August 4th, 2011A Tale of Two Irelandsby Joseph Pearce
Robert Asch's post earlier this week highlighting the hypocrisy of secular Ireland has prompted me to add my voice to the discussion.
One of the major misunderstandings about modern Ireland, particularly amongst Irish Americans, is the belief that the Emerald Isle was an avowedly Catholic land until relatively recently. The truth is that large sections of the Irish population were seduced by the spirit of secularism many years ago. Take, for instance, the Irish flag. Why did the Irish choose to model their national flag on the anti-Catholic tricolor of the French Republic? Why didn't they simply remove the St. Patrick's Cross from the flag of the United Kingdom, thereby separating the Irish flag literally as well as symbolically from the Union? The answer, of course, is that many of the architects of Irish independence were more enamoured of the secular fundamentalism of the Enlightenment than of the Catholic orthodoxy of Christendom. In turning their back on their patron saint, they were symbolically turning their back on their Christian heritage and prophesying the eventual apostasy of the nation as a whole.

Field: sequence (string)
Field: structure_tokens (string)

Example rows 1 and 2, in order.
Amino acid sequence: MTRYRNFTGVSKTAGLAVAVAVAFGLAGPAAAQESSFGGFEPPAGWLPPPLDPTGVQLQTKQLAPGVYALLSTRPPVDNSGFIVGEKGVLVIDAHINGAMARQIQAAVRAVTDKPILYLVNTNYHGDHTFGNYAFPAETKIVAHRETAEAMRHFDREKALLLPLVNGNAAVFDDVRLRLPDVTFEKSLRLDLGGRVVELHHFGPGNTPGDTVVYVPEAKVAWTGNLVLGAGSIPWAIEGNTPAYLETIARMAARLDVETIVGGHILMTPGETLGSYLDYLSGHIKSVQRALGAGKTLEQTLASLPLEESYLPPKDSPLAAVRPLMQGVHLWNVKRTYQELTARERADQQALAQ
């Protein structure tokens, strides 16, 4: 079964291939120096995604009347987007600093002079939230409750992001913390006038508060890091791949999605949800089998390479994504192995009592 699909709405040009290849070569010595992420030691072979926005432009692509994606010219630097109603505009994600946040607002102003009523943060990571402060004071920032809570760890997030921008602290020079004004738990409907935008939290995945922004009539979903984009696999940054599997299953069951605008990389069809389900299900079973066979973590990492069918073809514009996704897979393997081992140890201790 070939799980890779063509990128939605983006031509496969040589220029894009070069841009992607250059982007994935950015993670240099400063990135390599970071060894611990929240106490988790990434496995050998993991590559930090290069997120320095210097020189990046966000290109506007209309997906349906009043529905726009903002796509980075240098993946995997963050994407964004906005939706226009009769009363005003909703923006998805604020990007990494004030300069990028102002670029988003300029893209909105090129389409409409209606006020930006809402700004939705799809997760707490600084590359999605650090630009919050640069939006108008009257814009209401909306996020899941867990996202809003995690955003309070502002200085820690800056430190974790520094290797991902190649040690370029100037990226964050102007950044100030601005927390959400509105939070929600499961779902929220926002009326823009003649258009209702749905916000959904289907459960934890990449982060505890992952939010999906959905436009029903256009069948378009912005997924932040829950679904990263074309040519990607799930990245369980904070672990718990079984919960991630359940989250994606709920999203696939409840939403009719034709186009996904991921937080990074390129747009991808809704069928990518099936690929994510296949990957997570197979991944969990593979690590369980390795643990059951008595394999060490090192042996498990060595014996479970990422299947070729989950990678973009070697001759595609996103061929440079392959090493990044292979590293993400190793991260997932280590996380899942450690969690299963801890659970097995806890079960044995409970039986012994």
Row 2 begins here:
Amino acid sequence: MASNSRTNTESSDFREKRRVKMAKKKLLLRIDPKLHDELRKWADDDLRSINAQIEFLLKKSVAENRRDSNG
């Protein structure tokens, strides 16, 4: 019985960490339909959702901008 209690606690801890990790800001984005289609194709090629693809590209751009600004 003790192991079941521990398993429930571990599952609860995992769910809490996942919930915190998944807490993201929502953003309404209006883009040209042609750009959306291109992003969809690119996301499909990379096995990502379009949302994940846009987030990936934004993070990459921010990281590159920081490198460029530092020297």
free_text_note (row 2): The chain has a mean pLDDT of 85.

As for the Irish tricolor, it symbolizes the travesty and tragedy of modern Ireland. The green was meant to signify the nationalist or Catholic element in Ireland and the orange the unionist or Protestant element. The white in between the orange and the green signified the peace between the two parties. In fact, of course, the flag became a cause of great division so that the white has really come to signify the no-man's-land that separates the two communities, a separation that is as brutal as the political separation via apartheid of blacks and whites in South Africa. In consequence, the Irish have now symbolically erased the orange from the flag, referring to its colours as green, white and gold. There is no room for any "orange" on the flag, any more than there is any room for any "orange" in the nation. The white on the flag is therefore besmirched with the blood of the thousands who have been killed in the sectarianism of "the Troubles".
The choice facing modern Ireland is as stark as it is simple. She can either return to St. Patrick and the Faith that is her true inheritance, or she can follow the secularism of Sinn Fein, with its Marxist ideology and its support, in the past, for Colonel Gadaffi and Islamic terrorism.
True Irishmen should take up the Cross of St. Patrick and brandish it as a flag and as a sword in the war against secular fundamentalism. The alternative is the sinking of Irish identity in the quagmire of euro-globalism.